While the COVID-19 pandemic has heightened awareness of the value of telehealth services, this technology — and its usefulness — is not new. In fact, many professional medical societies endorse telehealth and its potential to improve patient outcomes, according to the Centers for Disease Control and Prevention (CDC).
Wondering about the role of telehealth in addiction treatment? Here’s a closer look at what you need to know if you or someone you love is considering this increasingly popular healthcare delivery model for the treatment of a substance use disorder.
What is Telehealth?
Telehealth is defined by the Health Resources Services Administration as “the use of electronic information and telecommunications technologies to support long-distance health care, patient and professional health-related education, public health and health administration.”
Utilizing a number of technologies, including videoconferencing, the internet, streaming media, and wireless communications, telehealth differs from telemedicine in that it comprises a broader scope of remote healthcare services.
The benefits of telehealth are manifold, and include the following:
- eliminating transportation time and costs
- limiting the need for time off from work
- eliminating child care and elder care issues
- improving on-demand options
- easier access to specialists
- less chance of catching new illnesses
- less time in waiting rooms
- better health outcomes for patients
In sum, telehealth can help providers deliver better and more patient-centered health care by reaching patients wherever they are.
Telehealth and Addiction Treatment
Certainly, the benefits of telehealth are hard to deny. However, are they applicable within the context of addiction treatment?
The answer is “yes,” according to national telehealth provider Health Recovery Solutions (HRS). Specifically, “studies show that telehealth has the potential to transform and improve the way we rehabilitate substance abuse patients and can help to reduce the number of people impacted by the opioid crisis in the United States,” explains HRS.
There is a catch, however. Many addiction recovery programs haven’t yet adopted and implemented telehealth technologies. In fact, the incorporation of telemedicine technologies into addiction treatment was found to be less than one percent. This is especially noteworthy given that patients in substance abuse treatment facilities have shown significant interest in telehealth. For example, while more than 54 percent of patients expressed high levels of interest in video-based therapy, just 20 percent of facilities actually offer teletherapy. On average, according to HRS, “the difference between high patient interest and the use of technology was 37.32 percent.”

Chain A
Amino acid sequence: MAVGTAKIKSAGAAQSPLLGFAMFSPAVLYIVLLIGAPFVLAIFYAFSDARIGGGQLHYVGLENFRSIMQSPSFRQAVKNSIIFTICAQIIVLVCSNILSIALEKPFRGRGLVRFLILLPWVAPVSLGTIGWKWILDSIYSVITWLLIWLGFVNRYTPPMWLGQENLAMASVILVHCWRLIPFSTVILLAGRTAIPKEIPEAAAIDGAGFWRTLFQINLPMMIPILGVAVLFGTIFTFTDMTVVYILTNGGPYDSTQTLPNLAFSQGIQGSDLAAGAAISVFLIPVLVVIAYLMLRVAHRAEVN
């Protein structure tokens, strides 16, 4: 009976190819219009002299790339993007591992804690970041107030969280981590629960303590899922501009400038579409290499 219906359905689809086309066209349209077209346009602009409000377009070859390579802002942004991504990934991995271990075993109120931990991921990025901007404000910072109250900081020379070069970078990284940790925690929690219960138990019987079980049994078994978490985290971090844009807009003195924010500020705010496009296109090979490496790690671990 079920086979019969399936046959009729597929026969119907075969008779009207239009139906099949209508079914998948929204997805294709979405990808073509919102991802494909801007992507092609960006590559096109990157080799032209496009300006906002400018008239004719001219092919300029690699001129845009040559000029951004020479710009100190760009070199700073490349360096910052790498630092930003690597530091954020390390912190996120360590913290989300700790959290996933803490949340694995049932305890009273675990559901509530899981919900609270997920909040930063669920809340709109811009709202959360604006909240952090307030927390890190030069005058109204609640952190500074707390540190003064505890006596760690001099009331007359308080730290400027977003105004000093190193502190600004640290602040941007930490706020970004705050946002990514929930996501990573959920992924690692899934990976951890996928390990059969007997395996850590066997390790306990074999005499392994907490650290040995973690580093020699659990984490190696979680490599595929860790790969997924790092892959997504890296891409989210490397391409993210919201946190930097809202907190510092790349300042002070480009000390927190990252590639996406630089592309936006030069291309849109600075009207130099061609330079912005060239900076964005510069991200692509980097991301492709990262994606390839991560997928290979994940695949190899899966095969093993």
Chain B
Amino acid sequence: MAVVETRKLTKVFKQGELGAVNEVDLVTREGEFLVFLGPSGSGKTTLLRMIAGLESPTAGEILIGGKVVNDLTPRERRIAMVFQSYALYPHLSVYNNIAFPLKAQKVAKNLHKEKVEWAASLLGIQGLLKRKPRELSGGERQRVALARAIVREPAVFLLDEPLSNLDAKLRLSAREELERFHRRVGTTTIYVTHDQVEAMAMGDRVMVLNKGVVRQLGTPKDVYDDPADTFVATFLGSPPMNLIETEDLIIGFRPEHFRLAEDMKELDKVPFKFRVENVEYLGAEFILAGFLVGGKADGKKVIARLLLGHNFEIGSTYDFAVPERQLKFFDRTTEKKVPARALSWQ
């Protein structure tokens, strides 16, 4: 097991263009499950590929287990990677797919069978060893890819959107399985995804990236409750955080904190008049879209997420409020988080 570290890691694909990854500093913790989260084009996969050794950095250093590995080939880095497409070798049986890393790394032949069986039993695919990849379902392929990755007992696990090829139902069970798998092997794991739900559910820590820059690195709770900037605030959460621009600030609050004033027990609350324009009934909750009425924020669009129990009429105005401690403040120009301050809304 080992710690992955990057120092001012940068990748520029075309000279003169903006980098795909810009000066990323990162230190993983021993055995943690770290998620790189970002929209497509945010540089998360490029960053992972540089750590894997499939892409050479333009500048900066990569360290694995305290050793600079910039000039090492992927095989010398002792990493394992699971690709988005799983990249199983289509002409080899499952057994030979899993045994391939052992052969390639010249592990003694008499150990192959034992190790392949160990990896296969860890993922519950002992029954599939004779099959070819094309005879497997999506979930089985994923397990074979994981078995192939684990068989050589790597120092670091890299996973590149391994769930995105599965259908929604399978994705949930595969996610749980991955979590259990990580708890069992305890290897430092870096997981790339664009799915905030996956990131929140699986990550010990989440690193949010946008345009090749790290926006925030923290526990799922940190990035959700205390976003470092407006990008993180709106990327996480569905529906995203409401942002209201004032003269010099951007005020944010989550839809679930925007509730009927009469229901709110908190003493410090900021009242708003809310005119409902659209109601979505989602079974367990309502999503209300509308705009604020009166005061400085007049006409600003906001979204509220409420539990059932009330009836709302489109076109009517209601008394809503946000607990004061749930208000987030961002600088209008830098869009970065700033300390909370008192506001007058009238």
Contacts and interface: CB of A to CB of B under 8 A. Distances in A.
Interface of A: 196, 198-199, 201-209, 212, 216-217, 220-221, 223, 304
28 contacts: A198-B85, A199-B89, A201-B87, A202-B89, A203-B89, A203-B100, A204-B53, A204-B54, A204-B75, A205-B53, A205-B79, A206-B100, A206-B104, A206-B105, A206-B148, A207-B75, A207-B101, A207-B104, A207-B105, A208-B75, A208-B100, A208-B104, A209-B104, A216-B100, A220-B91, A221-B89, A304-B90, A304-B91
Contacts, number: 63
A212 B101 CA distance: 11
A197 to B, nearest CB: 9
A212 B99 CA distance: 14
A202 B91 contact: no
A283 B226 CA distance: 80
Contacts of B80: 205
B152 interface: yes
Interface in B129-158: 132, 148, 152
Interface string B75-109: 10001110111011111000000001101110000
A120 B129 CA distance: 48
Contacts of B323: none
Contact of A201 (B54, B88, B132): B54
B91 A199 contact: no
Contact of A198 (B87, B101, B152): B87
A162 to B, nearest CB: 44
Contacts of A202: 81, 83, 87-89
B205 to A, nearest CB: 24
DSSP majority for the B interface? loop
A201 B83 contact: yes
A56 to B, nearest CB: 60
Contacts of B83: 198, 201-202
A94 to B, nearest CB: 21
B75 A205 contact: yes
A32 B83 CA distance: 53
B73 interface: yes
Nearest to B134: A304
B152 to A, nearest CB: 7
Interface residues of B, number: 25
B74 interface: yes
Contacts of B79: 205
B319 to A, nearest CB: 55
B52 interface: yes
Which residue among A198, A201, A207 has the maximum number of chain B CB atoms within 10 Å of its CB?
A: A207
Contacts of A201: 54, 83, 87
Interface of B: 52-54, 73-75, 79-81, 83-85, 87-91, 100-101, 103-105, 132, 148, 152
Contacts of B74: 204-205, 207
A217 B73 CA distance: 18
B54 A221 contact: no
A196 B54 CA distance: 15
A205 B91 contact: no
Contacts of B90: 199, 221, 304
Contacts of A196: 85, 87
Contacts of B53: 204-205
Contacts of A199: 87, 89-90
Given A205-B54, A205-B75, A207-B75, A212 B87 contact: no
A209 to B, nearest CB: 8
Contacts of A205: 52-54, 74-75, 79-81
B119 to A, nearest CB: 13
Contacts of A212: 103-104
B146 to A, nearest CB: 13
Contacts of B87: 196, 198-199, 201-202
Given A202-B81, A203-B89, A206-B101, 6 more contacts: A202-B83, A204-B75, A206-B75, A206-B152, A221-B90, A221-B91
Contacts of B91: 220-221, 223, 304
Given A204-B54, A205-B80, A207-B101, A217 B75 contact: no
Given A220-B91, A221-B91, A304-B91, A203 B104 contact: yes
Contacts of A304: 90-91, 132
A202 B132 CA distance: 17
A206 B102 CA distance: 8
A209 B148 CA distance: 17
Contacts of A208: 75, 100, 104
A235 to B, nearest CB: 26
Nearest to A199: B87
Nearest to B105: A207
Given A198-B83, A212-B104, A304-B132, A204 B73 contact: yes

Despite this gap, the American Society of Addiction Medicine is firm in its assertion that there are numerous benefits associated with using telehealth — especially during the pandemic — which “apply across the continuum of addiction services including outpatient, residential and Opioid Treatment Services (OTP and OBOT).”
As the opioid epidemic continues to rage, there are shortages of counseling and addiction services in certain areas of the country. As such, patients often struggle to get the help and support they desperately need. Telemedicine eliminates this barrier to care by improving access to support services.
If you’re worried about the lack of face-to-face contact, meanwhile, experts say there’s little reason to be — especially when telehealth services are used to complement traditional services, not in replacement of.
“Telemedicine can be good for interventional communications as well as progress updates, especially via mobile devices. Many digital health programs based around addiction also have a behavioral health component that can act as remote therapy for patients and heighten the impact of in-office therapy,” says eVisit.
Another benefit of telehealth services that is especially relevant in addiction treatment settings? People struggling with substance use and abuse often feel a loss of control. Because of its comparatively autonomous nature, telehealth can be uniquely empowering for people in recovery.
“By using telemedicine, you’re talking to patients in their own environments, and that makes it easier for them to take charge and show initiative in their health decisions,” continues eVisit.
On a similar note, addiction treatment relies heavily on helping patients recognize unhealthy behavior patterns and replace them with healthier ones. By supporting the easy charting of behaviors and symptoms, telehealth has the potential to show patients how treatment is working. eVisit concludes, “When you base new, healthful habits around communication and connectivity, you’re showing patients the benefit of consistent communication. In other words, you’re displaying the benefits of telemedicine in real-time and encouraging patients to keep communication up!”
Addiction is a complex and multi-factored phenomenon. So is its treatment. While there are pros and cons to telehealth, experts agree that overall it can be an invaluable resource for patients and providers alike — especially when integrated with conventional addiction treatment. St. Louis drug rehab Harris House has been delivering targeted substance use programs for more than 50 years. Call us today to learn about admissions.